How to clean scotch guarded upholstery

Updated February 21, 2017

A Scotchgard treatment helps to protect your upholstery from staining, but it does not make your upholstery entirely stain-resistant. While most dirt wipes away with little more than an alcohol-damp cloth, getting rid of stubborn stains requires a bit of labour and persistence for success. To take full advantage of the treatment, you need to act quickly when spills occur, preventing them from becoming permanent accents to your furniture. While your Scotchgard treatment won't block the stain entirely, it does give you the time you need to attack the stain directly, removing it as completely as possible to maintain the appearance of your upholstered surface.

Remove loose dirt and debris from the upholstery with a vacuum containing an upholstery attachment.

Wash the upholstery with a cloth dampened with denatured alcohol. Apply the alcohol direct to a clean rag and then use the rag to wash the upholstery surface. Blot at the surface with the rag, do not rub, as rubbing the upholstery will only work any dirt present further into the upholstery fibres creating a stain.

Examine the cloth as you go along for the transmission of any staining substance from the upholstery to the cloth. Change the cloth as it discolours from the dirt contained in the upholstery, to prevent spreading the dirt along the upholstered surface. If there is a stain on your upholstery already, then multiple applications of the wash may be necessary.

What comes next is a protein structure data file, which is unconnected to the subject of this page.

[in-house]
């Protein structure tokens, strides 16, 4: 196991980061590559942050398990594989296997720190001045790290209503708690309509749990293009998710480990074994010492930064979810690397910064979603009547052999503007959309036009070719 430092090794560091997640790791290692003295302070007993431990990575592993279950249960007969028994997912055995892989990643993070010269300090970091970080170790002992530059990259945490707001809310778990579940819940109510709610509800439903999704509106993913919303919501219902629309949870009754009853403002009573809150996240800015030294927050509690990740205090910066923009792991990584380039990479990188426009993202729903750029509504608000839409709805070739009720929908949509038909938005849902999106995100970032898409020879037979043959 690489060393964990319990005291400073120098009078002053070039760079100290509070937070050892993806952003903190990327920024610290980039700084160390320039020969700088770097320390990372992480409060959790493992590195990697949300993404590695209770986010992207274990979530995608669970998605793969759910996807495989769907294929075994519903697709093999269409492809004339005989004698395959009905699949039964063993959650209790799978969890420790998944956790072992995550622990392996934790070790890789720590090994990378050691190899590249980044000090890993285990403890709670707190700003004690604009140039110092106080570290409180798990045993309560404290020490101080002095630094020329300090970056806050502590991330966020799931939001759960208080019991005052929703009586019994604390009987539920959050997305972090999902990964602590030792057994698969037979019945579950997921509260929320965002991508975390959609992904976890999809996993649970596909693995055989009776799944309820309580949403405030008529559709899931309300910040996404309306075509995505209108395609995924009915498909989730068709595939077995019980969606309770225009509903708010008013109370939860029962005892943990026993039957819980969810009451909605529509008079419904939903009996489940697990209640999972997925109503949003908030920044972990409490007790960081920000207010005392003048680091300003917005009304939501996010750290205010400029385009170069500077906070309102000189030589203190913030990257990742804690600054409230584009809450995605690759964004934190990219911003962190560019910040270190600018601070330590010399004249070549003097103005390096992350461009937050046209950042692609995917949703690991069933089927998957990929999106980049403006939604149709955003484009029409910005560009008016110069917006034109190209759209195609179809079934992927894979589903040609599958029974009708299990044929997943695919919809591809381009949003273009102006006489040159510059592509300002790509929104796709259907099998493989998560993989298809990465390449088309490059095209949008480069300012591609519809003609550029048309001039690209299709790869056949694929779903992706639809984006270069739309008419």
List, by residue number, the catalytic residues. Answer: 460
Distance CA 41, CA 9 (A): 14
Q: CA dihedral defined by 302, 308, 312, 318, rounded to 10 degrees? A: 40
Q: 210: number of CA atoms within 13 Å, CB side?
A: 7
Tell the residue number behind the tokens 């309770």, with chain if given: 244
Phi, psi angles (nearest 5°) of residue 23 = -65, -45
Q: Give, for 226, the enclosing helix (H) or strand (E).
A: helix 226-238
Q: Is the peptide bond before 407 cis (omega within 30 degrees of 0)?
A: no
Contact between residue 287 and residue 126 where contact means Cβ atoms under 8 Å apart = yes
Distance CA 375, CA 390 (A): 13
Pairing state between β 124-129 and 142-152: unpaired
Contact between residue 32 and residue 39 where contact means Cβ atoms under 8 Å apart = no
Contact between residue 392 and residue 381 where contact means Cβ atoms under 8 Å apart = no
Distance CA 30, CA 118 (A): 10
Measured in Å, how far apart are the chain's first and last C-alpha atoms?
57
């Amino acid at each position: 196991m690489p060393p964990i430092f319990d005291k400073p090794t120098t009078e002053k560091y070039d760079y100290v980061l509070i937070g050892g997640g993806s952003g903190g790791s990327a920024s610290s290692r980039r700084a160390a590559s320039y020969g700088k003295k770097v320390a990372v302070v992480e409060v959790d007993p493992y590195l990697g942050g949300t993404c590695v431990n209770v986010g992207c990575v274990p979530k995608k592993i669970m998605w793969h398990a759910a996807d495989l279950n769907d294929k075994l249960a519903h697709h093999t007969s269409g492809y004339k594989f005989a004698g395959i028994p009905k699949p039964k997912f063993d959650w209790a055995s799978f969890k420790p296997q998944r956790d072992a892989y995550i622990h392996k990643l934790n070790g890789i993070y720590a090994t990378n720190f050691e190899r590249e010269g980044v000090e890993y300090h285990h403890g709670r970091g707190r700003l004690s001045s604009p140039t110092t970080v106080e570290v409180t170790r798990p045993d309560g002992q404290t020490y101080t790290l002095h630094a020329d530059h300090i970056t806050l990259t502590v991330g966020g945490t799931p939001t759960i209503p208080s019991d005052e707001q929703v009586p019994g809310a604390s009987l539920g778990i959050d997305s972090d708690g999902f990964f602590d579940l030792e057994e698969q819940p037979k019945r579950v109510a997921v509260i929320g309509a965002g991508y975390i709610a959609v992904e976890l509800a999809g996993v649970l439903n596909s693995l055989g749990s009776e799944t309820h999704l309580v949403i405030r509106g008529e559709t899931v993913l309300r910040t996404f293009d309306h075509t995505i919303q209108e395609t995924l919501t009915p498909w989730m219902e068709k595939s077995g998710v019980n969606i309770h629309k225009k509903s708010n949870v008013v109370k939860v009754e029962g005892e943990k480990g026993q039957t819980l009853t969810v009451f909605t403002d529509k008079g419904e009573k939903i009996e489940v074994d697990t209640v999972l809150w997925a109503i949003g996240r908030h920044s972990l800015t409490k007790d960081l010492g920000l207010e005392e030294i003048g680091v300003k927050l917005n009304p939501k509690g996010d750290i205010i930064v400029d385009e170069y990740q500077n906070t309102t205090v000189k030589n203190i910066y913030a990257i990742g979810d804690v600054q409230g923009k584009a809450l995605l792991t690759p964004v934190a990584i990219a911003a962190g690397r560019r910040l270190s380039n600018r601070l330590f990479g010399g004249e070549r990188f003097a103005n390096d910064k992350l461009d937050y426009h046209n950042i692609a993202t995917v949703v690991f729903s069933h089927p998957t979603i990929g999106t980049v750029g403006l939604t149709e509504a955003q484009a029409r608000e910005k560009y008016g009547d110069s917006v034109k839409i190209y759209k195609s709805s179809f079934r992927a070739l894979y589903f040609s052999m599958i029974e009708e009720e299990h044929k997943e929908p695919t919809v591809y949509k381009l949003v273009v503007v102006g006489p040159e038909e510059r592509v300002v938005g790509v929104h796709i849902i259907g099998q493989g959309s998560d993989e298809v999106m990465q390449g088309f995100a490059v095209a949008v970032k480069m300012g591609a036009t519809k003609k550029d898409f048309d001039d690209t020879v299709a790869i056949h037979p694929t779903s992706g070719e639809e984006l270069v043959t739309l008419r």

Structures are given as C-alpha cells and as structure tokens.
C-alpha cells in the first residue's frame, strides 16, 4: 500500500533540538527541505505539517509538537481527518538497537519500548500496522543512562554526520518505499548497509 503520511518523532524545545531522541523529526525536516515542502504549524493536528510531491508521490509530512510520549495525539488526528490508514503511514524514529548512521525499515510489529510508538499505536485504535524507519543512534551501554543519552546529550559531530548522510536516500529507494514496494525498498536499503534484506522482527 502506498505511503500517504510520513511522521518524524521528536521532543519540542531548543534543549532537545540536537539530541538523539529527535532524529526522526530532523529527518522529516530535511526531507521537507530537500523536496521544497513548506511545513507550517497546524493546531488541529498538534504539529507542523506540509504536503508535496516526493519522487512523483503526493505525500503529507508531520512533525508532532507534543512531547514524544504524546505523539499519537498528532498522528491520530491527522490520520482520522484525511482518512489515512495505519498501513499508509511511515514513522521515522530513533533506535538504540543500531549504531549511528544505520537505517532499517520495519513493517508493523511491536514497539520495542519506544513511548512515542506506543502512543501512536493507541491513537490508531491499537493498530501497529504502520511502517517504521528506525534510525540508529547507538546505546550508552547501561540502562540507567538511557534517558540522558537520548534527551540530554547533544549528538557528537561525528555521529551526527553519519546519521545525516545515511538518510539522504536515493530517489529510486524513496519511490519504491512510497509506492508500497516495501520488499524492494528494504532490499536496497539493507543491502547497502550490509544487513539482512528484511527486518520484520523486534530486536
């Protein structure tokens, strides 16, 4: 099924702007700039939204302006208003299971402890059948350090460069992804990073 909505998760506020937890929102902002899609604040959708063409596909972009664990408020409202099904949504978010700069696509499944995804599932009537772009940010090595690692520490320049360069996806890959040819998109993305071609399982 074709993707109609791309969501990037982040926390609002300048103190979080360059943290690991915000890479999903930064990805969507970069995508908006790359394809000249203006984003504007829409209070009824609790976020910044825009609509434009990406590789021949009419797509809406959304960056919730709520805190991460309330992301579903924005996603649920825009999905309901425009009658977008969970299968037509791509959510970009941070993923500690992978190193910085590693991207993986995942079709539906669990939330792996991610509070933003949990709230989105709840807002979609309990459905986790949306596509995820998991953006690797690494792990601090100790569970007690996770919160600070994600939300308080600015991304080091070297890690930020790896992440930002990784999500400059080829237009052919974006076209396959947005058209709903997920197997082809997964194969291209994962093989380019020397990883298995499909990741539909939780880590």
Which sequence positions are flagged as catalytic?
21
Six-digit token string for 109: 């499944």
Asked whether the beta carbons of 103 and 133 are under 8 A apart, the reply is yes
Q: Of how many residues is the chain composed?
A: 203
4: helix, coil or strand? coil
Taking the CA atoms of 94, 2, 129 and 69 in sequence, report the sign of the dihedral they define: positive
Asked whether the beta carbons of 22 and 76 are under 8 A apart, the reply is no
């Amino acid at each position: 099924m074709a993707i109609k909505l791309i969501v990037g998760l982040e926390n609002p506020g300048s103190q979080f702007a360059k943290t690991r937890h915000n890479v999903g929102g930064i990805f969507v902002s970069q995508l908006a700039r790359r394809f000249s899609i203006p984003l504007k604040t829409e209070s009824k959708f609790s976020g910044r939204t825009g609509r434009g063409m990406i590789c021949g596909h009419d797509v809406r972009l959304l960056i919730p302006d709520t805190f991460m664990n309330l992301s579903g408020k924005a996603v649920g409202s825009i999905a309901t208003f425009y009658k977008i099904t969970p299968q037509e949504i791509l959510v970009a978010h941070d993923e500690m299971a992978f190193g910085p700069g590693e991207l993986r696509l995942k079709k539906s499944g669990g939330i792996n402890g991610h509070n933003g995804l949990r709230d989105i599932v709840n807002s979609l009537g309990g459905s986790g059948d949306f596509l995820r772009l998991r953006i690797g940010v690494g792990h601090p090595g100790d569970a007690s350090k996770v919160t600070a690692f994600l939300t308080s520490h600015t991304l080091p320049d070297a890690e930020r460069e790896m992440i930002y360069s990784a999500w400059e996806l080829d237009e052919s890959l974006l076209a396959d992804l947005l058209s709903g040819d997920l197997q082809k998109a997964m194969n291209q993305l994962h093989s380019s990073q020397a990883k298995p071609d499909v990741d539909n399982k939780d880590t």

Allow the alcohol to dry. Wait up to an hour for the drying process to finish before touching the surface.

Examine any stains after the waiting period to determine if the last pass succeeded with the removal. If not, the repeat the alcohol application until no trace of the stain remains.

Things You'll Need

  • Vacuum
  • Upholstery vacuum attachment
  • Cloth
  • Denatured alcohol
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About the Author

Larry Simmons is a freelance writer and expert in the fusion of computer technology and business. He has a B.S. in economics, an M.S. in information systems, an M.S. in communications technology, as well as significant work towards an M.B.A. in finance. He's published several hundred articles with Demand Studios.